In 1965, a guy named Dewayne Douglas, he was the football coach at the University of Florida, he watched his players run around in sweat and drink gallons of water for hours in the hot Florida sunshine and he squinted up into the sun one day and he wondered out loud to himself, why aren’t the players going to the bathroom more often during practice?
And then he asked that question of a kidney researcher at the university who then went on to develop a drink to replenish electrolytes and aid hydration. The result became Gatorade, of course named after the Florida Gators.
Let me give you another example. 1943, while on vacation in New Mexico, a guy named Edwin Land, he took his family portrait with his camera and then his daughter asked him immediately, “Oh daddy, you took the picture. “Can I see it?” Which led Land to ask himself a question, what if you could somehow put a dark room inside a camera? And the answer to that question became the Polaroid camera.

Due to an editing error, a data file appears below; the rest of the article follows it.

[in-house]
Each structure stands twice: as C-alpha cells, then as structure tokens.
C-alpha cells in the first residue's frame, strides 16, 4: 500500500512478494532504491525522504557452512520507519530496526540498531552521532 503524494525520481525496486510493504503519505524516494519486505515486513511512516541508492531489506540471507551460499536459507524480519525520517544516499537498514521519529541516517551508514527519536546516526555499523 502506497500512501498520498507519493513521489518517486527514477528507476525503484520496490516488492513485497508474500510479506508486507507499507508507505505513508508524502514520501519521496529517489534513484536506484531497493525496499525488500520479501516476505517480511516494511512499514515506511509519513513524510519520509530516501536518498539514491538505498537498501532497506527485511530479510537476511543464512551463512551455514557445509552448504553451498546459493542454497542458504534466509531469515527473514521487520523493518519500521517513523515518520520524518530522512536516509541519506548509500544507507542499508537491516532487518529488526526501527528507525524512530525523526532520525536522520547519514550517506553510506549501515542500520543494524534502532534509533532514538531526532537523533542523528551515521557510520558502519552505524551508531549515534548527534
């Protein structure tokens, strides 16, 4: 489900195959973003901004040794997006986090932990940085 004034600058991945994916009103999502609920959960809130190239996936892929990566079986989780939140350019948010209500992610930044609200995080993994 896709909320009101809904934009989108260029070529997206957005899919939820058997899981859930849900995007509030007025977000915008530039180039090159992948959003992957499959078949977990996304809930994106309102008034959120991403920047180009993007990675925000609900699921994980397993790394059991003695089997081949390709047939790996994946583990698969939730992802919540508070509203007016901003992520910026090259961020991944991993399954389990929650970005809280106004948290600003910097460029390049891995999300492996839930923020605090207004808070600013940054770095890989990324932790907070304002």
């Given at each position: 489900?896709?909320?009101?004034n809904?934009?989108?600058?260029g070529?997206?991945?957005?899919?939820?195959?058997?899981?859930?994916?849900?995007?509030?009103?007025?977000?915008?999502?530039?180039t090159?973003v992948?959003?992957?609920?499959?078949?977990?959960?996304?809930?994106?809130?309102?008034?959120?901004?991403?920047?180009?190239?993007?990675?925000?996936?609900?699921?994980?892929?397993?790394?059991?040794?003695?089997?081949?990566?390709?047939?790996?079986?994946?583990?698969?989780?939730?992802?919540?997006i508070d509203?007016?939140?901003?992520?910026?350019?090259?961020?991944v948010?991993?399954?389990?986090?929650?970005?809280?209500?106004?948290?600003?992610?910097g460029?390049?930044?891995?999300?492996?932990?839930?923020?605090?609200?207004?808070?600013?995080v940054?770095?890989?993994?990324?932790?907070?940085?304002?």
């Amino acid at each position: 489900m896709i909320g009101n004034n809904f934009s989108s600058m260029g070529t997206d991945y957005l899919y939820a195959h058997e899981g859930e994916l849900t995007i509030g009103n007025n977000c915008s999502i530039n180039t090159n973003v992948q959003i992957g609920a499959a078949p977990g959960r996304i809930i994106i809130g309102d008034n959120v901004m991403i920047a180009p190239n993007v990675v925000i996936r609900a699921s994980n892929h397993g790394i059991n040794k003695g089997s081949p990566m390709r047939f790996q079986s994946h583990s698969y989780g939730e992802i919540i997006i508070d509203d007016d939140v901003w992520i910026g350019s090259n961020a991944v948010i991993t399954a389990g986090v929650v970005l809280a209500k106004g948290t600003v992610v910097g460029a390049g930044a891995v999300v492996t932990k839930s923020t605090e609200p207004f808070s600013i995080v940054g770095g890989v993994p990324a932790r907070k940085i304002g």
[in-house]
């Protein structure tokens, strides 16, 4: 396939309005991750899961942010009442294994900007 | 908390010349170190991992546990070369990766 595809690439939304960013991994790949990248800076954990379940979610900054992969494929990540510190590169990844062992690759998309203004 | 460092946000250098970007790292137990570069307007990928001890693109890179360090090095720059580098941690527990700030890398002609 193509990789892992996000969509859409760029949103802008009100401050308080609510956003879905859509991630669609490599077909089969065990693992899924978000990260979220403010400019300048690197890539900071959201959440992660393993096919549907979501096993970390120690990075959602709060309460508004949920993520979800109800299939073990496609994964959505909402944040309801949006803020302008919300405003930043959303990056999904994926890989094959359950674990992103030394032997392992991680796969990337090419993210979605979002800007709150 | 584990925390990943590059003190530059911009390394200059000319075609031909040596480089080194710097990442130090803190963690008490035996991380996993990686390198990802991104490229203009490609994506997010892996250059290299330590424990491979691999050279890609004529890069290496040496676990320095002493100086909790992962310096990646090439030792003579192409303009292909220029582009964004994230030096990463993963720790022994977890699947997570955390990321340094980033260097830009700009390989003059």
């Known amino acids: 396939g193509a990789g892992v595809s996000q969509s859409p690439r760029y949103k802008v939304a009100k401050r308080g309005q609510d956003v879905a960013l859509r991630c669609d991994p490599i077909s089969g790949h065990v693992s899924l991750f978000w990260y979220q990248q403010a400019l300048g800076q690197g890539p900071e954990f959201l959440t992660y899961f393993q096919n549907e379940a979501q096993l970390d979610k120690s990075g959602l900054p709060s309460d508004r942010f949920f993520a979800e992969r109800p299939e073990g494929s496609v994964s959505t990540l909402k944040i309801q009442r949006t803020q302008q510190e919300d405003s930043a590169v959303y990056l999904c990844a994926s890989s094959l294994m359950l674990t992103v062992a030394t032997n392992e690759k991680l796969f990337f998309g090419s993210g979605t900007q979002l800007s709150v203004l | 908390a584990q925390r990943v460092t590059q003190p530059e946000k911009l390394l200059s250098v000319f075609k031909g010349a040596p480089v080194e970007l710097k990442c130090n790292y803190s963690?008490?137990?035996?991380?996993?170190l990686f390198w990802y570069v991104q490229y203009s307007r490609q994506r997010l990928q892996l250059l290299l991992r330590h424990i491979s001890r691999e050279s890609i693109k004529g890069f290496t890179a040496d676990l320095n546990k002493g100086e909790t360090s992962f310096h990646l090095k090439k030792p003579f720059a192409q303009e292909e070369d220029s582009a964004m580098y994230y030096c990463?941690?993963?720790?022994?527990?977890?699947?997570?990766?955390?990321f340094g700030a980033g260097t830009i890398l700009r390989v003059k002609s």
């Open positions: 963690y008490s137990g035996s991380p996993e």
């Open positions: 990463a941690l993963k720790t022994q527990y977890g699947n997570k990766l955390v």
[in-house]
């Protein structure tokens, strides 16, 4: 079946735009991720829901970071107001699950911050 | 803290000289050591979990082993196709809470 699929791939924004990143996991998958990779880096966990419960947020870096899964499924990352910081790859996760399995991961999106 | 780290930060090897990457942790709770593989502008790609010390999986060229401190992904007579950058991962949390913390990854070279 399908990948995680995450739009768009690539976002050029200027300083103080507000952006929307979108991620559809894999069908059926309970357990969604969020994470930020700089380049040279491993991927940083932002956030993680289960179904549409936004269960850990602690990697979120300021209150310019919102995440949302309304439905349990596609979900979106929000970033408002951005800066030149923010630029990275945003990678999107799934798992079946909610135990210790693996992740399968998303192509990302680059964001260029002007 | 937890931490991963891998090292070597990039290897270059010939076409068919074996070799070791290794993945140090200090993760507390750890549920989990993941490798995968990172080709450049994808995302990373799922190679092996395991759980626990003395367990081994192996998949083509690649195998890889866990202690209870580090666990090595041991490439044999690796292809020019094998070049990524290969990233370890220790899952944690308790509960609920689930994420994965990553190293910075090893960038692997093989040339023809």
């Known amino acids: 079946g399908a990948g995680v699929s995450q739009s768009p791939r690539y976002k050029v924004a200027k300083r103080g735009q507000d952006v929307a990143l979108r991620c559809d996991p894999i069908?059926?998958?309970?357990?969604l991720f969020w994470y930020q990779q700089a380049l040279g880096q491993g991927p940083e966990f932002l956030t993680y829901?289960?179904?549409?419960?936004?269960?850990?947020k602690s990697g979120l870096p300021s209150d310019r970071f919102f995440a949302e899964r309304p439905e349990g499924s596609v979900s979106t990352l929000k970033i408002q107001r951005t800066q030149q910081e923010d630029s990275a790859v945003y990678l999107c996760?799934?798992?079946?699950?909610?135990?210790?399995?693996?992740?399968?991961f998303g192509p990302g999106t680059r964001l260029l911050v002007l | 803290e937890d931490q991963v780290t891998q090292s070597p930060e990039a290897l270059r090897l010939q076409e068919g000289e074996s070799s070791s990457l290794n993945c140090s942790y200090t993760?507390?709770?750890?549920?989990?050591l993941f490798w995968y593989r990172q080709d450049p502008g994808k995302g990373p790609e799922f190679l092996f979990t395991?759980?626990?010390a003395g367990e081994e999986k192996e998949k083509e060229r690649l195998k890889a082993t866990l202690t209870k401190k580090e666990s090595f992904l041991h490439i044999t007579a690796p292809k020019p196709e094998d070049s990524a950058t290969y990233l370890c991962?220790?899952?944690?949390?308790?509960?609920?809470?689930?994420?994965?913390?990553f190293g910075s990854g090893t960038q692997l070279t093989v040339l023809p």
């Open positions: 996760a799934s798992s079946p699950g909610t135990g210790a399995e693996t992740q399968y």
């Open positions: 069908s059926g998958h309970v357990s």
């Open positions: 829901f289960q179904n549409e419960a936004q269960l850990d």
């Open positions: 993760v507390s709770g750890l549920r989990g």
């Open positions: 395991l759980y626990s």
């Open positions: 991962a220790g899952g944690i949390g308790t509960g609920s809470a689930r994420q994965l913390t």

In both of these examples, the innovator was asking a more powerful why or what if kind of question. Instead of the less powerful kinds of questions like which one or who or simple yes/no questions. When we learn to ask more powerful questions, we get more powerful insights. Einstein, he once said that much of his breakthrough thinking in relativity came from wondering to himself, what would the universe look like if I were riding on the end of a light beam at the speed of light? Well, that might sound like a crazy question, but it’s also the kind of crazy question that created breakthrough thinking.